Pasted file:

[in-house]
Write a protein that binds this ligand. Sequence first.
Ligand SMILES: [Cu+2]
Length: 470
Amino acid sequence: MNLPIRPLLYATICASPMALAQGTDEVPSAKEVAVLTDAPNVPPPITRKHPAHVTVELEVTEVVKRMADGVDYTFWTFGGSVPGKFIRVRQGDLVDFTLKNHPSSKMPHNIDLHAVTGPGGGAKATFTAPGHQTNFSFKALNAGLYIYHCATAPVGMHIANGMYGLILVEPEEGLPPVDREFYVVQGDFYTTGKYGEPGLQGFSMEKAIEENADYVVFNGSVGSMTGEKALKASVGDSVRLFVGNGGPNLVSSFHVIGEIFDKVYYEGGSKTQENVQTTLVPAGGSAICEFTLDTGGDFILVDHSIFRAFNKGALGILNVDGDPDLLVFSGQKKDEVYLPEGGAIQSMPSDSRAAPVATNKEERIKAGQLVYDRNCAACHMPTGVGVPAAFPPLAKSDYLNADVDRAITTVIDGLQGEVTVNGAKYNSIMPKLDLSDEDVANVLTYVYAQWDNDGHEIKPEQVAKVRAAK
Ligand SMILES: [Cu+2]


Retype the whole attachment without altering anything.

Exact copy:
[in-house]
Write a protein that binds this ligand. Sequence first.
Ligand SMILES: [Cu+2]
Length: 470
Amino acid sequence: MNLPIRPLLYATICASPMALAQGTDEVPSAKEVAVLTDAPNVPPPITRKHPAHVTVELEVTEVVKRMADGVDYTFWTFGGSVPGKFIRVRQGDLVDFTLKNHPSSKMPHNIDLHAVTGPGGGAKATFTAPGHQTNFSFKALNAGLYIYHCATAPVGMHIANGMYGLILVEPEEGLPPVDREFYVVQGDFYTTGKYGEPGLQGFSMEKAIEENADYVVFNGSVGSMTGEKALKASVGDSVRLFVGNGGPNLVSSFHVIGEIFDKVYYEGGSKTQENVQTTLVPAGGSAICEFTLDTGGDFILVDHSIFRAFNKGALGILNVDGDPDLLVFSGQKKDEVYLPEGGAIQSMPSDSRAAPVATNKEERIKAGQLVYDRNCAACHMPTGVGVPAAFPPLAKSDYLNADVDRAITTVIDGLQGEVTVNGAKYNSIMPKLDLSDEDVANVLTYVYAQWDNDGHEIKPEQVAKVRAAK
Ligand SMILES: [Cu+2]